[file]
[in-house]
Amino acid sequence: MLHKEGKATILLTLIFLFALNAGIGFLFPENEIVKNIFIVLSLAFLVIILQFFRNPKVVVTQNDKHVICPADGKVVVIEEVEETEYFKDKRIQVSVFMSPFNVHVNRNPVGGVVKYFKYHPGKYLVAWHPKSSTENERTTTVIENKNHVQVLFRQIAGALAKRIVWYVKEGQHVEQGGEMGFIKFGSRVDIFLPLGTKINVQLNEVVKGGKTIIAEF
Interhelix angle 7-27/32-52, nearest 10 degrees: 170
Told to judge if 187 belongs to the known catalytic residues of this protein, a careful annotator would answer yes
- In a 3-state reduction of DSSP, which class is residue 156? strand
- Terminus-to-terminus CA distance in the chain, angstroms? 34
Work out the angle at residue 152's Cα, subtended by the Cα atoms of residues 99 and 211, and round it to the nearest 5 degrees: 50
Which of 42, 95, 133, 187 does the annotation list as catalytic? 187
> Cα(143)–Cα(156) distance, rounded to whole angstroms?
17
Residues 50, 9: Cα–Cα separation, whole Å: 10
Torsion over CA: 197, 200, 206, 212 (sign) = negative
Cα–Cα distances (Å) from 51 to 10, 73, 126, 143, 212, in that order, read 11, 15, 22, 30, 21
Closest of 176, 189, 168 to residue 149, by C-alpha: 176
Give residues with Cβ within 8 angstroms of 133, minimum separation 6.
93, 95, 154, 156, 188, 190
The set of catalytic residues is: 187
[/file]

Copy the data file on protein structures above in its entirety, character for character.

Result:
[in-house]
Amino acid sequence: MLHKEGKATILLTLIFLFALNAGIGFLFPENEIVKNIFIVLSLAFLVIILQFFRNPKVVVTQNDKHVICPADGKVVVIEEVEETEYFKDKRIQVSVFMSPFNVHVNRNPVGGVVKYFKYHPGKYLVAWHPKSSTENERTTTVIENKNHVQVLFRQIAGALAKRIVWYVKEGQHVEQGGEMGFIKFGSRVDIFLPLGTKINVQLNEVVKGGKTIIAEF
Interhelix angle 7-27/32-52, nearest 10 degrees: 170
Told to judge if 187 belongs to the known catalytic residues of this protein, a careful annotator would answer yes
- In a 3-state reduction of DSSP, which class is residue 156? strand
- Terminus-to-terminus CA distance in the chain, angstroms? 34
Work out the angle at residue 152's Cα, subtended by the Cα atoms of residues 99 and 211, and round it to the nearest 5 degrees: 50
Which of 42, 95, 133, 187 does the annotation list as catalytic? 187
> Cα(143)–Cα(156) distance, rounded to whole angstroms?
17
Residues 50, 9: Cα–Cα separation, whole Å: 10
Torsion over CA: 197, 200, 206, 212 (sign) = negative
Cα–Cα distances (Å) from 51 to 10, 73, 126, 143, 212, in that order, read 11, 15, 22, 30, 21
Closest of 176, 189, 168 to residue 149, by C-alpha: 176
Give residues with Cβ within 8 angstroms of 133, minimum separation 6.
93, 95, 154, 156, 188, 190
The set of catalytic residues is: 187